We had such a fantastic time in Montreal, but were excited to see Quebec City, the European-looking capital of the province. After a two-and-a-half hour drive, we reached our destination, one of the oldest cities in North America.
As we approached Quebec City, we felt as though we were so far from America—and this century. The winding cobblestone streets, weathered stone buildings and horse-drawn carriages transported us to another time. As we drove through the stone archway into the courtyard of the castle-like Fairmont le Château Frontenac hotel, we felt as if we had entered a fairytale. The streets in Old Quebec City are lined with charming shops and eateries. We couldn’t wait to explore.
We spent the entire first day wandering around Old Quebec (Vieux-Québec). From the hotel, perched on top of Cap-Diamant, we strolled along the St. Lawrence River, Old Port (Vieux-Port de Québec) and Dufferin Terrace (Terrasse Dufferin), descending level after level until reaching Petit Champlain (Quartier Petit-Champlain).
Slightly below Château Frontenac overlooking Old Quebec, Dufferin Terrace, a boardwalk-type walkway along the edge of the cliff, offers spectacular views of the Saint Lawrence River. Formerly a military fortification, this public park still houses historic cannons.
The St. Lawrence River Old Port has been a part of the city’s economic landscape for more than 400 years. A park, bike path and street artists bring the Old Port to life, along with antique shops, art galleries and sidewalk cafés.
We descended the famous Breakneck Stairs (Escalier Casse-Cou) but, for around $2, you can take the Old Quebec Funicular (Funiculaire du Vieux-Québec) tram, which links the Upper Town (Haute-Ville) to the Lower Town (Basse-Ville). Along the way, we passed Place Royale, a small section in Old Quebec, which provides a step back in time to the early days of New France and is considered the birthplace of the French colony.
Each area we passed was more quaint than the next, until we finally reached the captivating Petit Champlain, the oldest shopping district in North America. The Lower Town is filled with original architecture and street designs, dating back to the city’s beginnings. Murals and statues adorn the neighborhood as do a wide variety of boutiques, many featuring handcrafted goods.
Quebec City is surrounded by fascinating and beautiful natural attractions, so we decided to go on an adventure the next day. The only time we used our car for sightseeing while in Canada was to visit Montmorency Falls Park (Parc de la Chute-Montmorency) and the Island of Orleans (Île d’Orléans). A 15-minute drive east of Quebec City along the north shore of the St. Lawrence River, Montmorency Falls are an impressive 272 feet—98.5 feet higher than Niagara Falls. Views of the falls from various platforms along the way are spectacular, but the full impact can be seen from the suspension bridge at the top. If you are able, climb the 487 stairs to the top at no charge or you can take a cable car round trip for around $10.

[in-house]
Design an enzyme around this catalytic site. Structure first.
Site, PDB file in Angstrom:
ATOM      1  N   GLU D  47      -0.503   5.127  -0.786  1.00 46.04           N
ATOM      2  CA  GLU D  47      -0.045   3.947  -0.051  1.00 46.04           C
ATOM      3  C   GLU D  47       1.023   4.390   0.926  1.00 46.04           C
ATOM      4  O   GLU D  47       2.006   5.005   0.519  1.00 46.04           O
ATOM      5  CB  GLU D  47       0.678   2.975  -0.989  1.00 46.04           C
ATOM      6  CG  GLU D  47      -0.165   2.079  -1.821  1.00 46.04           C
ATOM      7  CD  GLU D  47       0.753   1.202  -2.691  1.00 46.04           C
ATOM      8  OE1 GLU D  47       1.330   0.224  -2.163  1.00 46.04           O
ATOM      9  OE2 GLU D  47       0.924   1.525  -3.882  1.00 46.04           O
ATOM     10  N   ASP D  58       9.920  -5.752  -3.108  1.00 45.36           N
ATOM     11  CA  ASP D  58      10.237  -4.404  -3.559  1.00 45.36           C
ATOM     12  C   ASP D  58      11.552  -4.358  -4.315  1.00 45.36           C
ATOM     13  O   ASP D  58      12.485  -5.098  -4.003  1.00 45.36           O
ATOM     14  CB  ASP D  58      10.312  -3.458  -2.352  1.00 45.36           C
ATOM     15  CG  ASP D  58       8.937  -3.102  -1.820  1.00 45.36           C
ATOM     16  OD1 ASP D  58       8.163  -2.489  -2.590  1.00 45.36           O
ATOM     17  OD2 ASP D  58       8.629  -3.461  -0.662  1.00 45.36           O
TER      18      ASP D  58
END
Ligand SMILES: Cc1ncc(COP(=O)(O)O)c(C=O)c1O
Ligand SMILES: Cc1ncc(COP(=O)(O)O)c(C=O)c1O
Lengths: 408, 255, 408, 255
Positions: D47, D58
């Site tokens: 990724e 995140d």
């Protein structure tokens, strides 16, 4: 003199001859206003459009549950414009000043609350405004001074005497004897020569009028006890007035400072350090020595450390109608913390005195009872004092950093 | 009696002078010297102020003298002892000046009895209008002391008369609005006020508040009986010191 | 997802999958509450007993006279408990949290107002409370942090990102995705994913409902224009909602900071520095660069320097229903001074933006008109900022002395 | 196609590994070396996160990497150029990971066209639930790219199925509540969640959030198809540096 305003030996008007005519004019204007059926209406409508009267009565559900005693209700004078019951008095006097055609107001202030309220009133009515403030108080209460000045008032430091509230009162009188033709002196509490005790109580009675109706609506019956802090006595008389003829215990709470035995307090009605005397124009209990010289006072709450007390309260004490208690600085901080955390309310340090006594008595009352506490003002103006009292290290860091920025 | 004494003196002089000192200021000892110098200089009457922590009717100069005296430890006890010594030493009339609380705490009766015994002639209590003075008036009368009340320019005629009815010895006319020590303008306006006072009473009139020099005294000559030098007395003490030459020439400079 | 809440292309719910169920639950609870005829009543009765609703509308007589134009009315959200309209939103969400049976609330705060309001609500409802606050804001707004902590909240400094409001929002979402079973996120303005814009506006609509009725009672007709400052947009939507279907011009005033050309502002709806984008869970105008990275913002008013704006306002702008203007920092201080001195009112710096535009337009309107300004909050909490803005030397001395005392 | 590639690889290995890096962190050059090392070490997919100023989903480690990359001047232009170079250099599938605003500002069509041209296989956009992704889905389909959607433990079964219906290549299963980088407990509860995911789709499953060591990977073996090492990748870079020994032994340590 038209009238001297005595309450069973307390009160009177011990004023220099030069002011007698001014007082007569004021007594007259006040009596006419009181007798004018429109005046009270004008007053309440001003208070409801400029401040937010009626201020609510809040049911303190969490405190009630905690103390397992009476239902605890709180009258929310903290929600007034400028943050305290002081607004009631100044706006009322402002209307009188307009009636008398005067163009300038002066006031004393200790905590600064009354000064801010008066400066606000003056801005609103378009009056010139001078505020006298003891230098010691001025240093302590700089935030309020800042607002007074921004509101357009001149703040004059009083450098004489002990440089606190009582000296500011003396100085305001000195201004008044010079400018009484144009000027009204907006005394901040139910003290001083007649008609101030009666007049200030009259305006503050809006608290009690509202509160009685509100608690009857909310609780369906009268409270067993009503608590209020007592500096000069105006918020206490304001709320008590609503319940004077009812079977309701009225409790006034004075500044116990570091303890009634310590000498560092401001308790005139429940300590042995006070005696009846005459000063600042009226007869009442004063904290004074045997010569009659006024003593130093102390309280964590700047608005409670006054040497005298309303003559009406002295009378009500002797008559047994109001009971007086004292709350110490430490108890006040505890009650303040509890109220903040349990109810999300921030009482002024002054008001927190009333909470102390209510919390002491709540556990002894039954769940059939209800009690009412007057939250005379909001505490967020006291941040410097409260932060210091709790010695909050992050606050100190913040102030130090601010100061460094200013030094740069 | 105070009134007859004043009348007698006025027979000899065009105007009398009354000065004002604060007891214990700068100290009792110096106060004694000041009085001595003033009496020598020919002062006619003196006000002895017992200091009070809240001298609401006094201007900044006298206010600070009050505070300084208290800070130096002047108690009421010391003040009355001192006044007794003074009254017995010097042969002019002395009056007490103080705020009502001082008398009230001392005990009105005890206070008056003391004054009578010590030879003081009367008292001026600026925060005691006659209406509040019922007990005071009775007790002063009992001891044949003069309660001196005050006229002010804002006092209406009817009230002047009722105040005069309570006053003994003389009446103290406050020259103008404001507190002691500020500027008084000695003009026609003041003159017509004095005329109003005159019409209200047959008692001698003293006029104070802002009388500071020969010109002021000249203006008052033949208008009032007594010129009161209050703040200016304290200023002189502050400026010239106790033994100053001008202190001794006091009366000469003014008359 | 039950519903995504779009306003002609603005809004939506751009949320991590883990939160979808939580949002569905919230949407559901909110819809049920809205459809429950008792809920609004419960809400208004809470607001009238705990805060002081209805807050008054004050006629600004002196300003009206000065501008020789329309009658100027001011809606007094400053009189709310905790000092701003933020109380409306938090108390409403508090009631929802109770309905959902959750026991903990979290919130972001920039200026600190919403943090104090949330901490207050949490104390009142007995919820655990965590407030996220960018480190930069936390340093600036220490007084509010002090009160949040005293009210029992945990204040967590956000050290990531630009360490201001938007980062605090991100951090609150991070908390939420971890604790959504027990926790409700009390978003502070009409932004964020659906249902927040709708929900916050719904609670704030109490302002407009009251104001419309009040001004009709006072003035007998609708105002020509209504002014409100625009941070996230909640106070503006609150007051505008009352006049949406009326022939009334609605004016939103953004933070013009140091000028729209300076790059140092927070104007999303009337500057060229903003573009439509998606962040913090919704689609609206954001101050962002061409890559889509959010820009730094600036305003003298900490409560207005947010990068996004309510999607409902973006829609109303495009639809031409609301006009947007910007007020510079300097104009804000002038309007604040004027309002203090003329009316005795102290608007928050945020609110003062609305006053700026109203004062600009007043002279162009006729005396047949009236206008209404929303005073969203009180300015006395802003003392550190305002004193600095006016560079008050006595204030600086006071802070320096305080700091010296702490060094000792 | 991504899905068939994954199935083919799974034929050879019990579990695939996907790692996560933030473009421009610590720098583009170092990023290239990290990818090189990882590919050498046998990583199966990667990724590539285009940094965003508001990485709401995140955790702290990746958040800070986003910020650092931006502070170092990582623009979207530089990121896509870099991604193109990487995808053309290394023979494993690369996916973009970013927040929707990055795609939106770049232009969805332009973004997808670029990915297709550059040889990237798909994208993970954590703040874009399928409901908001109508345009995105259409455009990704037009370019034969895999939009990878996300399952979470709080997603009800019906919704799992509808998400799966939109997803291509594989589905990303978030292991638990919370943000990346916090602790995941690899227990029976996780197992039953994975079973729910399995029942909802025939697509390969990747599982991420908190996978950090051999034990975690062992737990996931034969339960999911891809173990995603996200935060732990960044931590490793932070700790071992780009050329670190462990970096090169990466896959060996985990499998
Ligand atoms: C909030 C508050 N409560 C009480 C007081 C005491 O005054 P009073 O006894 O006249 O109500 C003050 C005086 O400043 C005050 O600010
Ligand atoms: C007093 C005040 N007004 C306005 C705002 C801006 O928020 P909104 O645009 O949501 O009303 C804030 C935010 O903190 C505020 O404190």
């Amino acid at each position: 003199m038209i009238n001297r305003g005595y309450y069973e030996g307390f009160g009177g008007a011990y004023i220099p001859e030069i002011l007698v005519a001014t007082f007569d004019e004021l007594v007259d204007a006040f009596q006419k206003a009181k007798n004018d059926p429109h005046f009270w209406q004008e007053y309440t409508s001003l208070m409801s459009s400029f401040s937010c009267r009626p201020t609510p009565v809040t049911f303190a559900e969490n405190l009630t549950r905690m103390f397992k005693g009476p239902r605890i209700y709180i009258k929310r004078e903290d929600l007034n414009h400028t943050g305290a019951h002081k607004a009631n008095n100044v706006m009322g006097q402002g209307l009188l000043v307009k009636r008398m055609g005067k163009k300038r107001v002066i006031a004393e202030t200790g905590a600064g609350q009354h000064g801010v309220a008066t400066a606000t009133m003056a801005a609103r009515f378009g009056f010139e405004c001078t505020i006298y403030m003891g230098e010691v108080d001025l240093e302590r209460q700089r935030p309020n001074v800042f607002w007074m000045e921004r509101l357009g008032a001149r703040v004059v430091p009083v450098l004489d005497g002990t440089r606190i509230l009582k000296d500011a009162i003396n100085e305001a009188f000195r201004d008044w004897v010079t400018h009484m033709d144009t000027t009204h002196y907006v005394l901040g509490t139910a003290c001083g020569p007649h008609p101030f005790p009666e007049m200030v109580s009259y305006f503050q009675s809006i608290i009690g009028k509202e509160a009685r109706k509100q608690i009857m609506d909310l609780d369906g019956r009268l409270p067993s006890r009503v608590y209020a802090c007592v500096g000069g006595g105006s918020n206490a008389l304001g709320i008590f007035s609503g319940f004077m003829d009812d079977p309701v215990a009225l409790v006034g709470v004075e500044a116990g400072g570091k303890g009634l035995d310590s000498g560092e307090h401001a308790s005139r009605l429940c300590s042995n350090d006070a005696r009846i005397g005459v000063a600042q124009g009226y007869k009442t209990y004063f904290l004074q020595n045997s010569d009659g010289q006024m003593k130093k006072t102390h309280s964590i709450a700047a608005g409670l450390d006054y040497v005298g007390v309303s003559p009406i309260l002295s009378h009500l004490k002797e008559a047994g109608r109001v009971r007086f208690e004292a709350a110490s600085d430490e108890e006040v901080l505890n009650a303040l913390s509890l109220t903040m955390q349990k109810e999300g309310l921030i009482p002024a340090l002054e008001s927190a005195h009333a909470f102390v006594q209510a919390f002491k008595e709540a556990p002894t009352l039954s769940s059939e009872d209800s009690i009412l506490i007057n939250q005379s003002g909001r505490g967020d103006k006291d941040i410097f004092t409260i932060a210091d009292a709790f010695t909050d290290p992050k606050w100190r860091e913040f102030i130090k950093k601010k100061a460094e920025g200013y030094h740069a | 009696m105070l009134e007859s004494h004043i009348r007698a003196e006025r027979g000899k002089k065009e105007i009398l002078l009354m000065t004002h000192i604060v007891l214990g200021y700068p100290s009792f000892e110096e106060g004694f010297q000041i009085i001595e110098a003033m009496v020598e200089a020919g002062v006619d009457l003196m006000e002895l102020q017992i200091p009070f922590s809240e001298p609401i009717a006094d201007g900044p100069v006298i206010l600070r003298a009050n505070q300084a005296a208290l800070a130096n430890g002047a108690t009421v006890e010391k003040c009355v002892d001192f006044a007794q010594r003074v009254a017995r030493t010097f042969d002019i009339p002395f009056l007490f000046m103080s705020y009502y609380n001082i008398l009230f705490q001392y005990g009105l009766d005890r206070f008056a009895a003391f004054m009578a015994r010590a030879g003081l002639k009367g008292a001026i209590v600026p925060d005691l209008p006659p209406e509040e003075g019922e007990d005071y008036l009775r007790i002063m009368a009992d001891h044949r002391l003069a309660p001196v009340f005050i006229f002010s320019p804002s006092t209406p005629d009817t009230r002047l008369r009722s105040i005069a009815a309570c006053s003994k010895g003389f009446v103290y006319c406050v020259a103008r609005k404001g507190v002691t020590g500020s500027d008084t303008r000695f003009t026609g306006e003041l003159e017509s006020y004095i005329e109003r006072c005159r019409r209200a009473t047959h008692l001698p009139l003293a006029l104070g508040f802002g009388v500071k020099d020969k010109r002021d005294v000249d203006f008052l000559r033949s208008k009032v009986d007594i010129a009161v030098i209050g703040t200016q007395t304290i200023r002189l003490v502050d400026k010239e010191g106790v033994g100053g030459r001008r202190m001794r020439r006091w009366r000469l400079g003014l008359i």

A little west of Montmorency Falls we crossed the bridge to Île d’Orléans, where in the early 1800s immigrants from Normandy, France, populated the fertile land. Many artisans and farm stalls line Route 368, which circles the perimeter of the island. Make your way from one adorable village to the next and enjoy the island’s famous strawberries and apples, as well as freshly baked bread, wine, ice cider, black currant liqueur and other local delicacies.
On day three, we learned that we didn’t have to travel all the way to Buckingham Palace in London to see the changing of the guard. Along the southern end of Old Québec, we witnessed the tradition at The Citadel (La Citadelle), the largest British-built fortress in North America, which forms the centerpiece of the Fortifications or Walls of Quebec, the only remaining fortified city walls in the U.S. and Canada. These walls surround most of Old Quebec and were declared a World Heritage site by United Nations Educational, Scientific and Cultural Organization (UNESCO). The entry cost of approximately $10 at Citadel includes a guided tour, museum access and viewing of the changing of the guard. Be sure to make a reservation in advance for the traditional weekday morning ceremony and learn about the connection between the British and French Canadians.
Quebec City felt so European. Though most of the employees at the hotels, restaurants and shops spoke English, traveling outside the touristy areas, many people did not, adding to the foreign ambiance. The vacation was a perfect introduction to European travel—we were all captivated by Quebec’s rich history and charm. Bonus: We discovered the most amazing final destination.